Pints of lager in their hands, they clustered round the almost famous cricketer. For a sports star, the situation looked fraught with danger, but he didn't seem to care. Why, he was even encouraging the wilder ones to try their hands at traditional Aussie sports such as sheep-throwing and koala-dunking.
Upright members of the Test and County Cricket Board would have dashed a letter off to Lord's, calling for the blighter's head. (Fortunately, there were not many MCC ties in the club that night.) But Darren Bicknell, the Surrey player who scored 1,354 runs last season, with an average of 52.07, would have had the perfect riposte. He was working.
When you're a county cricketer, but not one of those favoured few on tour or contracted to a club in Australia, winter times are tough. It's small wonder that the Cricketers' Association, the players' union, adopted a militant tone this week after the TCCB rejected its call for a £20,000 minimum for capped players.
Though yesterday's cricketers claim it was easy to find work in the off season, today's employers are rarely so altruistic. If you're going to pay the mortgage, you've got to find a proper job. However good you might be at bowling leg-cutters or hitting a West Indian quickie through the covers for four, few companies find these qualities (admirable though they are), much use when it comes to selling widgets, adding columns of figures or updating a database.
Bicknell, 27, is one of the lucky ones. "Foster's, Surrey's sponsor, offered me a job as a marketing executive, even though I made it clear that I would be going back to Surrey when the season started." He admits that all he really knew how to do was play cricket. "To be honest, the first couple of months were difficult. I went in totally cold."
He was taken on to help with a huge promotion called Destination Australia. Later this year, nearly 1,000 lager-loving Brits will head DownUnder for a free two-week holiday. It's a small revenge for being whacked once more in the Ashes. One of Bicknell's jobs, quite as terrifying as facing Curtly Ambrose off his full run, was to travel with the nationwide roadshow that toured discos from Plymouth to Scotland.
"It's featured Australian-style games to attract people. I gave out prizes of Vegemite, T-shirts and Bondi Beach sand. Although the koala-dunking and sheep-throwing were played with cuddly toys, the Australian Tourist Commission and Qantas didn't really approve. They felt it gave people the wrong idea of Australia."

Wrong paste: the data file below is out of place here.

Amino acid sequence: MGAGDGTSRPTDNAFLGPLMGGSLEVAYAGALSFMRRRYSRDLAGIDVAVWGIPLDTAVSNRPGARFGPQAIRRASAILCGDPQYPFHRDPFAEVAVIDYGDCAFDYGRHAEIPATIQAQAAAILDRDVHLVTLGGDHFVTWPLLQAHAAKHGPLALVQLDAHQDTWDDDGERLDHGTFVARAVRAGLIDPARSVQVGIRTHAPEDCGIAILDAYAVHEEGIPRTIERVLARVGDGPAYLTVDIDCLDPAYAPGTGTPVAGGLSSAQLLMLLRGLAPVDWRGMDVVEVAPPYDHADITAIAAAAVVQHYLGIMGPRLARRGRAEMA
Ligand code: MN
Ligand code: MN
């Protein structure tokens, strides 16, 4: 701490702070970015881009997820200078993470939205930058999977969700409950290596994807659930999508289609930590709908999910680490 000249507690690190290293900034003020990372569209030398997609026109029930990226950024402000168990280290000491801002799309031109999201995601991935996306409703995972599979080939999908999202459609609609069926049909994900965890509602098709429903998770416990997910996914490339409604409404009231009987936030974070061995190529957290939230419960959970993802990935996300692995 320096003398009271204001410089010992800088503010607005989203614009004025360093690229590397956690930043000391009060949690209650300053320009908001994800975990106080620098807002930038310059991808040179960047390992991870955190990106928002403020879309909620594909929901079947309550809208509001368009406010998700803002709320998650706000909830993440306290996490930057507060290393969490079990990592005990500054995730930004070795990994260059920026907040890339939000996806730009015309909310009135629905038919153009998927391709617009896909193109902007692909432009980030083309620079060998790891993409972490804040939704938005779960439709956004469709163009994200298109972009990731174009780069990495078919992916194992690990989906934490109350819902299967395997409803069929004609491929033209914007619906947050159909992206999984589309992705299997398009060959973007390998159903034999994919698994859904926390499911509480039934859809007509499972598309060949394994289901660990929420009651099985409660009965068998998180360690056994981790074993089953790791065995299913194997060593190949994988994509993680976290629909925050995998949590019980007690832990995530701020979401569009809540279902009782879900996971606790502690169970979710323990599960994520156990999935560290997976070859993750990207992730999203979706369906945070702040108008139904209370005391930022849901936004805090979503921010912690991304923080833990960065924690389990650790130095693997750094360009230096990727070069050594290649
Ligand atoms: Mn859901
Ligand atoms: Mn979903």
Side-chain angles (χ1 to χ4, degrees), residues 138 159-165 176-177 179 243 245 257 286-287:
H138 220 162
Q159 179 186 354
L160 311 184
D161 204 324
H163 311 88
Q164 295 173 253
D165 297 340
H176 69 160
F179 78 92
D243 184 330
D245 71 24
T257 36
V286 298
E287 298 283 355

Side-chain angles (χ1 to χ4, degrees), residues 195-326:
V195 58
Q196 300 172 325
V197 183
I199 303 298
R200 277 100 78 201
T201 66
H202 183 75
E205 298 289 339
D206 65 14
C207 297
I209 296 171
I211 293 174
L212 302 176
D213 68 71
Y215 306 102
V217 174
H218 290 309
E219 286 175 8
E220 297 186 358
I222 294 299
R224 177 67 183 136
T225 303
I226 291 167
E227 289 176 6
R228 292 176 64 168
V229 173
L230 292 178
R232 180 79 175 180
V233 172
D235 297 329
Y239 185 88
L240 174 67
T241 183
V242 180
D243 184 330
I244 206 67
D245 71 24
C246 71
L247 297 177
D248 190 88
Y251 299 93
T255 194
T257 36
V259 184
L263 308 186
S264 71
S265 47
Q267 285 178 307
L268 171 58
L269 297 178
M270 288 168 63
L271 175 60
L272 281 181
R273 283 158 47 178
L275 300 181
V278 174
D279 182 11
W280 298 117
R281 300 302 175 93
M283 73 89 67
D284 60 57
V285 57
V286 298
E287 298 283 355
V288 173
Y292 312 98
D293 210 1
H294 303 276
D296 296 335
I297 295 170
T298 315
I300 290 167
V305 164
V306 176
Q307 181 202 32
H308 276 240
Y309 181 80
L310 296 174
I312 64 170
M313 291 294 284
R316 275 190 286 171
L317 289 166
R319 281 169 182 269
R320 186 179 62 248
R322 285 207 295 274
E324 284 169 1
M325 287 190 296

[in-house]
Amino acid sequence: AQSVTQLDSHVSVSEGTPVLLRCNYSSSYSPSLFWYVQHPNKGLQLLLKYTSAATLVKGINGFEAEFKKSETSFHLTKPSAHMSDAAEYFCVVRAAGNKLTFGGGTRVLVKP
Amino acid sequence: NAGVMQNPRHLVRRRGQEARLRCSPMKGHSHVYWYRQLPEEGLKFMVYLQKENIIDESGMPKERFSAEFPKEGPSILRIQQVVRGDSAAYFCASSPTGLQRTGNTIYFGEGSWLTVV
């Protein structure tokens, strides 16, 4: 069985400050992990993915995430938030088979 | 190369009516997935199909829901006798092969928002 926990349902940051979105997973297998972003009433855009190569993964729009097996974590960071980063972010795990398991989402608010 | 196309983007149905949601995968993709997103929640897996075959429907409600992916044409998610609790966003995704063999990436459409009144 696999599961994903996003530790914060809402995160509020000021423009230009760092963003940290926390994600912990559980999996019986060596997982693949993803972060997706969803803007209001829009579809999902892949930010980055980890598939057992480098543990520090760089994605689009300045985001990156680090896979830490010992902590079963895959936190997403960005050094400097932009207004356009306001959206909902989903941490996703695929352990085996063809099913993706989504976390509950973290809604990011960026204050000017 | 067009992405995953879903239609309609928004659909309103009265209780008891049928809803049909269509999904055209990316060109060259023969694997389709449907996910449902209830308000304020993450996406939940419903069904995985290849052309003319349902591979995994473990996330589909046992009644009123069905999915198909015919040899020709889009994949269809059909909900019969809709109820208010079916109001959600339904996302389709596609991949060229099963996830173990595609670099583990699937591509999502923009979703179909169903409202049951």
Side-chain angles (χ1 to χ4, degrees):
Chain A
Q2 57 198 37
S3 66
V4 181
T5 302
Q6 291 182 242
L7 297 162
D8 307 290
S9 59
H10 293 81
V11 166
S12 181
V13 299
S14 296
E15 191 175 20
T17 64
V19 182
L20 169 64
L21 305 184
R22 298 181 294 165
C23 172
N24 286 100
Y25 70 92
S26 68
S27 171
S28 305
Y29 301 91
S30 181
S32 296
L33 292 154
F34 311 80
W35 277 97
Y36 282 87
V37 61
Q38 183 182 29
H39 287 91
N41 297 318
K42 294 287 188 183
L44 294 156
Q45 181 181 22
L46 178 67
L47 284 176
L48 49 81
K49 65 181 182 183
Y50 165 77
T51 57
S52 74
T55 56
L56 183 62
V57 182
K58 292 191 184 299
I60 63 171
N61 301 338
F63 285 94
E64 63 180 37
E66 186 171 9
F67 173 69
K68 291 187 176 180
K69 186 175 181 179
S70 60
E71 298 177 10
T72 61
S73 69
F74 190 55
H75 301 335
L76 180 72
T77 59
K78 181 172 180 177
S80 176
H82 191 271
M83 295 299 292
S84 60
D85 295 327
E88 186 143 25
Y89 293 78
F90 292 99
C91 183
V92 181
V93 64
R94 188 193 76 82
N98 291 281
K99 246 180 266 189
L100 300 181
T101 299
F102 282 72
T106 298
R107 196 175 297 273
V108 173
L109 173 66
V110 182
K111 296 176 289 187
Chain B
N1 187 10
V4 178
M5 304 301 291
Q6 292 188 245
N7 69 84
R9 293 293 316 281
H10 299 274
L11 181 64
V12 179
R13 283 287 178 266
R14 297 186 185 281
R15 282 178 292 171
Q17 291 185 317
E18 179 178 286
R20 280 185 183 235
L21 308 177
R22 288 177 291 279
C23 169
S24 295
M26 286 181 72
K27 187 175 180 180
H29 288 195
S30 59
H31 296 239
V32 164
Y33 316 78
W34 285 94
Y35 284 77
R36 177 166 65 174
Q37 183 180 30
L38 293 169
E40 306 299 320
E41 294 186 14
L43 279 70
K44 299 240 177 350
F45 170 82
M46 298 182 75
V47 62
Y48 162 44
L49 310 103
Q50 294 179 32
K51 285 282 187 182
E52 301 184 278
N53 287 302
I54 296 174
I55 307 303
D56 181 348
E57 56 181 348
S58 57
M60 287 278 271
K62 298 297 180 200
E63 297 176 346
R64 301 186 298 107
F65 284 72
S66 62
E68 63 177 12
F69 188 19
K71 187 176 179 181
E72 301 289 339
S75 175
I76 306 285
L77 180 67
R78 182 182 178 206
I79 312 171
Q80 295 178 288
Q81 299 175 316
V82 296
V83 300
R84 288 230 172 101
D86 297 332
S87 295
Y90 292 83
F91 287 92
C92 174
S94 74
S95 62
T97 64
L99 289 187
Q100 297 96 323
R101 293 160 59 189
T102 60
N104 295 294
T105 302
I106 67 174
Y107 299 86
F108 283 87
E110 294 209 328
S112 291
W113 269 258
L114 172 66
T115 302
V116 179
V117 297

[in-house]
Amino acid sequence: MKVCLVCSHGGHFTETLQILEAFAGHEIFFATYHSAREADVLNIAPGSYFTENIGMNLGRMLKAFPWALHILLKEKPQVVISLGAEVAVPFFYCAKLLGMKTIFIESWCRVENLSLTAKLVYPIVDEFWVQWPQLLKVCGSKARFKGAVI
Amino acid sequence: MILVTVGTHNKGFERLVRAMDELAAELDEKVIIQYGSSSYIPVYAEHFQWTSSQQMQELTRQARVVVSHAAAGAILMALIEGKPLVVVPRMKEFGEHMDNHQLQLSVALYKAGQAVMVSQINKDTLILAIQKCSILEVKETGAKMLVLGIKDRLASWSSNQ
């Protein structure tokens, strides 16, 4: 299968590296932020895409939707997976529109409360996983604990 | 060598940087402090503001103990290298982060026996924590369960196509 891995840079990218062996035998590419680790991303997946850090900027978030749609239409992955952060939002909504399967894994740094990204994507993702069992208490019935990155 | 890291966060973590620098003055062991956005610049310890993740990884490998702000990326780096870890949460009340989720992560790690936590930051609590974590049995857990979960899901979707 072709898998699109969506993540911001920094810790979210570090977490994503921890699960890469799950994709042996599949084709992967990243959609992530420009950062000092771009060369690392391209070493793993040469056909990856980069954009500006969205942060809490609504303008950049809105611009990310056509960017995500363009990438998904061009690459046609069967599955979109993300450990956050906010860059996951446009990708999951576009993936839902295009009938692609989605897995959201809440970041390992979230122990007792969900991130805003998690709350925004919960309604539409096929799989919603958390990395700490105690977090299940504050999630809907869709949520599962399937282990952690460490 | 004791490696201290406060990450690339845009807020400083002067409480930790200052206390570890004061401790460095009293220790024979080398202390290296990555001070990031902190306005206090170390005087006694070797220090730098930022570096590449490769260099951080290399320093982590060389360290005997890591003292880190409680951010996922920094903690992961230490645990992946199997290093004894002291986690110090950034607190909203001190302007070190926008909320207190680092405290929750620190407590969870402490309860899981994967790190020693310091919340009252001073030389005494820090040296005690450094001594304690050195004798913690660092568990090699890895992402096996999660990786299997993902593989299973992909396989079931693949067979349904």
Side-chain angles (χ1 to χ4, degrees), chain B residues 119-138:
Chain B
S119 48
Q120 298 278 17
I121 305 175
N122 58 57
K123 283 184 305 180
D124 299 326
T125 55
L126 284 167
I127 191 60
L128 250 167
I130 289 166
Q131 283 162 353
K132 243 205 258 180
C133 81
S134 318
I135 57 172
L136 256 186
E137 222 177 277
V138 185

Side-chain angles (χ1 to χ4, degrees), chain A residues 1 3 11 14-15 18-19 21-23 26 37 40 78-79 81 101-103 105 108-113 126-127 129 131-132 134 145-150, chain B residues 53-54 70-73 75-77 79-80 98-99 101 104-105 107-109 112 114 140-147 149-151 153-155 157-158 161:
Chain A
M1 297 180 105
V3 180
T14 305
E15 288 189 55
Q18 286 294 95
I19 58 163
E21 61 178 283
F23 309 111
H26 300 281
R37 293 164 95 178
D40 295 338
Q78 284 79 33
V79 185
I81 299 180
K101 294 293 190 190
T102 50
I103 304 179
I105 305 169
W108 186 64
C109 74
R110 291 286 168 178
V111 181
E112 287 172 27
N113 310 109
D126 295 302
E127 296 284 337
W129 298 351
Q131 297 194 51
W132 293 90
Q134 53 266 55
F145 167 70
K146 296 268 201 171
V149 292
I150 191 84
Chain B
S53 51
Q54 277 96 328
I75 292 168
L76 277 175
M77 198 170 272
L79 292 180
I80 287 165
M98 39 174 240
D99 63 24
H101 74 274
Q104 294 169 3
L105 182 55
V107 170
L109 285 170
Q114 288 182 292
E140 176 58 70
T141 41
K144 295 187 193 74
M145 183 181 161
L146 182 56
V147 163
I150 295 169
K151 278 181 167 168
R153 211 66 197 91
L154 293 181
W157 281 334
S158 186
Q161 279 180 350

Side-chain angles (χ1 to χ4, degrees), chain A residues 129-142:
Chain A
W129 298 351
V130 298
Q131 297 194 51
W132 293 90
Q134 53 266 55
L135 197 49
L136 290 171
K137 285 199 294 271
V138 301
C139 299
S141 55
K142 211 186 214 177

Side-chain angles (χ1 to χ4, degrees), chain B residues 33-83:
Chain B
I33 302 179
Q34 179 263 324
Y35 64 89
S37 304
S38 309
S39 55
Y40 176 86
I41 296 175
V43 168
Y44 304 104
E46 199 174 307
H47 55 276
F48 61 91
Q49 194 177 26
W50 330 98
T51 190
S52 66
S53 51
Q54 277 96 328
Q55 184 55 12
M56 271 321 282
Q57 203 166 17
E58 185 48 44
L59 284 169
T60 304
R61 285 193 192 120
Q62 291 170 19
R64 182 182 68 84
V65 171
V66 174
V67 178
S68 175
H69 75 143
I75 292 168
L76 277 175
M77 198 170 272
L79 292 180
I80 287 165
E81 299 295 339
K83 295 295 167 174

An arguable point, that, but Bicknell isn't complaining about his bit- part. He has a mortgage, a wife and a 16-month daughter. "It's not easy for cricketers to get any sort of a job. I've worked in a knitwear factory, as a sales rep, a cricket coach and lifeguard. At least marketing is the sexy side of business, and I'm sure what I've learned will be useful in the future."
Not all are as lucky. Adam Holioake and Mark Butcher can't wait for the end of March, when Surrey head for Perth and pre-season practice. Both have spent most of the time since the season ended twiddling their battling gloves. Butcher, 22, had hoped to spend the winter playing club cricket in Perth, but after a few weeks, he had to return because of a recurring groin injury.
At one stage, it looked as if he would need a major operation. Now the prognosis is not so gloomy. "I have been having treatment three times a week and I'm confident that I'm all right now. But the time has been going slowly. I've been wandering about, doing not a lot. I've even been doing housework while my fiance is out at work."
Another problem that cricketers face out of season is keeping fit. Bicknell has been going to a gym at 7.30am three times a week to keep the social effects of his job from telling too much.
Some of his team-mates find jobs that give them the chance to keep in condition. Bicknell's younger brother, Martin, is working as winter coach at the Ken Barrington Centre, a job that Darren did for the past two years.
Gregor Kennis is coaching at the Stewart Cricket Academy, while Alistair Brown, Graham Kersey and Jason de la Pena have been coaching in Surrey schools as part of the club's youth development programme.
"Having a serious injury is frightening," Butcher says. "You realise that you are not as invincible as you thought. The club has helped us out a bit, but it suddenly comes home to you that cricket is a precarious existence. Even Test cricketers are not doing as well as Second Division football players."
Very few have anything to fall back on, except the hope of a benefit season. Cricketers with a grown-up job as well, like Surrey's Dave Ward, who is a carpenter, and Neil Sargeant, who works in his father's building business, are rarities. But as Butcher points out: "Playing cricket is all I ever wanted to do."
So next time you see a figure in your local shopping centre dressed as Bugs Bunny, don't give him a surreptitious kick and head on your way. It could be a Test batsman.Reuse content